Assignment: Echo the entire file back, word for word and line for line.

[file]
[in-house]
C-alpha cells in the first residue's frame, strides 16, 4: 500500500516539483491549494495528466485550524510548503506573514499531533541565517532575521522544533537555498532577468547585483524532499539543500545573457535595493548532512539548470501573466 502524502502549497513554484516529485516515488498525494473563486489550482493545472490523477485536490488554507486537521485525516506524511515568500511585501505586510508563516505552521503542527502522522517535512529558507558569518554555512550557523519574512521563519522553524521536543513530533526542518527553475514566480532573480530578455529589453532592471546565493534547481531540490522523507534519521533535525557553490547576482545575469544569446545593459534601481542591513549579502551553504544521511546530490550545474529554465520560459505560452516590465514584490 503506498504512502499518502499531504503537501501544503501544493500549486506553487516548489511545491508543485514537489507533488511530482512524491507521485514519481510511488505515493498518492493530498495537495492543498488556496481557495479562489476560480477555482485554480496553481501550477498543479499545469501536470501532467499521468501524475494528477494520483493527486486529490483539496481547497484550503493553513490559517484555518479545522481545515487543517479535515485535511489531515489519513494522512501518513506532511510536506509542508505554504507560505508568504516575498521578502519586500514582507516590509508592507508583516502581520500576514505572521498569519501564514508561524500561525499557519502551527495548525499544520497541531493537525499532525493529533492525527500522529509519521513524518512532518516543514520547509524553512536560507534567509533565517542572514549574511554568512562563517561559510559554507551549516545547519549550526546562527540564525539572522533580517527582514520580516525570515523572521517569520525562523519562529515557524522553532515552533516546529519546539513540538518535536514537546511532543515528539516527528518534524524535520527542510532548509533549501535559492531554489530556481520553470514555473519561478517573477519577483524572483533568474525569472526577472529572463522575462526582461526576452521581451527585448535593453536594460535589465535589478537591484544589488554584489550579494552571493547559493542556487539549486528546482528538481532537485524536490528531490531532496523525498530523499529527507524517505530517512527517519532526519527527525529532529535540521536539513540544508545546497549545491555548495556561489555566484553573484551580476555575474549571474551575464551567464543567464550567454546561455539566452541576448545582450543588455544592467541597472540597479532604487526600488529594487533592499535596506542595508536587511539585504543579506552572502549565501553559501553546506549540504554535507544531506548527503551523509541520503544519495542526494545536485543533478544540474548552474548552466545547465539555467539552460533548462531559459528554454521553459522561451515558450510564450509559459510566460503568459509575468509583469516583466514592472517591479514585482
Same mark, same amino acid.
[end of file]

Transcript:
[in-house]
C-alpha cells in the first residue's frame, strides 16, 4: 500500500516539483491549494495528466485550524510548503506573514499531533541565517532575521522544533537555498532577468547585483524532499539543500545573457535595493548532512539548470501573466 502524502502549497513554484516529485516515488498525494473563486489550482493545472490523477485536490488554507486537521485525516506524511515568500511585501505586510508563516505552521503542527502522522517535512529558507558569518554555512550557523519574512521563519522553524521536543513530533526542518527553475514566480532573480530578455529589453532592471546565493534547481531540490522523507534519521533535525557553490547576482545575469544569446545593459534601481542591513549579502551553504544521511546530490550545474529554465520560459505560452516590465514584490 503506498504512502499518502499531504503537501501544503501544493500549486506553487516548489511545491508543485514537489507533488511530482512524491507521485514519481510511488505515493498518492493530498495537495492543498488556496481557495479562489476560480477555482485554480496553481501550477498543479499545469501536470501532467499521468501524475494528477494520483493527486486529490483539496481547497484550503493553513490559517484555518479545522481545515487543517479535515485535511489531515489519513494522512501518513506532511510536506509542508505554504507560505508568504516575498521578502519586500514582507516590509508592507508583516502581520500576514505572521498569519501564514508561524500561525499557519502551527495548525499544520497541531493537525499532525493529533492525527500522529509519521513524518512532518516543514520547509524553512536560507534567509533565517542572514549574511554568512562563517561559510559554507551549516545547519549550526546562527540564525539572522533580517527582514520580516525570515523572521517569520525562523519562529515557524522553532515552533516546529519546539513540538518535536514537546511532543515528539516527528518534524524535520527542510532548509533549501535559492531554489530556481520553470514555473519561478517573477519577483524572483533568474525569472526577472529572463522575462526582461526576452521581451527585448535593453536594460535589465535589478537591484544589488554584489550579494552571493547559493542556487539549486528546482528538481532537485524536490528531490531532496523525498530523499529527507524517505530517512527517519532526519527527525529532529535540521536539513540544508545546497549545491555548495556561489555566484553573484551580476555575474549571474551575464551567464543567464550567454546561455539566452541576448545582450543588455544592467541597472540597479532604487526600488529594487533592499535596506542595508536587511539585504543579506552572502549565501553559501553546506549540504554535507544531506548527503551523509541520503544519495542526494545536485543533478544540474548552474548552466545547465539555467539552460533548462531559459528554454521553459522561451515558450510564450509559459510566460503568459509575468509583469516583466514592472517591479514585482
Same mark, same amino acid.